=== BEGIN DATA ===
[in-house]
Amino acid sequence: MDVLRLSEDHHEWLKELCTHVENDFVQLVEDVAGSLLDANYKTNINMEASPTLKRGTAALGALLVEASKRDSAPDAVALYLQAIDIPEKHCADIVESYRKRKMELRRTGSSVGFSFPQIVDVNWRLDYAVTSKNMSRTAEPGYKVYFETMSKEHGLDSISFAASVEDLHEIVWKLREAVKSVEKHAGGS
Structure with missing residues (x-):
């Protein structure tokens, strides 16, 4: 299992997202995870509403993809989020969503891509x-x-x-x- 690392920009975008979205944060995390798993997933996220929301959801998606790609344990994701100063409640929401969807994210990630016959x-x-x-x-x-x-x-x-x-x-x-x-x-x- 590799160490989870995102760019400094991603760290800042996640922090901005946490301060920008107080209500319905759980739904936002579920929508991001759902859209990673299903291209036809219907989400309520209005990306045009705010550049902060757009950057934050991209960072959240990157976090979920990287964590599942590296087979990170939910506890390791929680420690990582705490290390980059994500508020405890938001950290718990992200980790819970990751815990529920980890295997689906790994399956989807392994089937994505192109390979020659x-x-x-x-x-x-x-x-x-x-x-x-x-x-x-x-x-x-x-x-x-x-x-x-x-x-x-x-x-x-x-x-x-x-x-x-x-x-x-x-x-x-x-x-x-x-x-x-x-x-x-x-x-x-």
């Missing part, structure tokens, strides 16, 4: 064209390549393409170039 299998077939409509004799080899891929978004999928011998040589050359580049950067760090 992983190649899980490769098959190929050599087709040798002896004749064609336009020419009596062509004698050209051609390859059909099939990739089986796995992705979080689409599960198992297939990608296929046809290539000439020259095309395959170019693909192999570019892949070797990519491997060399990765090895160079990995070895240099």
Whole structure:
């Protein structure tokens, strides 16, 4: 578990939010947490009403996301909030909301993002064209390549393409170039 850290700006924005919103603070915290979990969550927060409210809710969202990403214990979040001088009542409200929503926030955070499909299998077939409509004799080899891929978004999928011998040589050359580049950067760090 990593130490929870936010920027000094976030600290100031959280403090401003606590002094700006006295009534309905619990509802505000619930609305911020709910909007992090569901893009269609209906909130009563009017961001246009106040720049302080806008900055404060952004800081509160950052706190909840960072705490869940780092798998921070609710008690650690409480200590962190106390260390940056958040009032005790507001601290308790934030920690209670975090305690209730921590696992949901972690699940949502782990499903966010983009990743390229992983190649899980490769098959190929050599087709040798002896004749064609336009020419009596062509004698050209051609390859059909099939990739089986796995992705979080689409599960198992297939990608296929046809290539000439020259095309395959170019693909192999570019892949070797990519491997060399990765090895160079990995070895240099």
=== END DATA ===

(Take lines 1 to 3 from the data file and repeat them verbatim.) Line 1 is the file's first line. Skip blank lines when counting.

[in-house]
Amino acid sequence: MDVLRLSEDHHEWLKELCTHVENDFVQLVEDVAGSLLDANYKTNINMEASPTLKRGTAALGALLVEASKRDSAPDAVALYLQAIDIPEKHCADIVESYRKRKMELRRTGSSVGFSFPQIVDVNWRLDYAVTSKNMSRTAEPGYKVYFETMSKEHGLDSISFAASVEDLHEIVWKLREAVKSVEKHAGGS
Structure with missing residues (x-):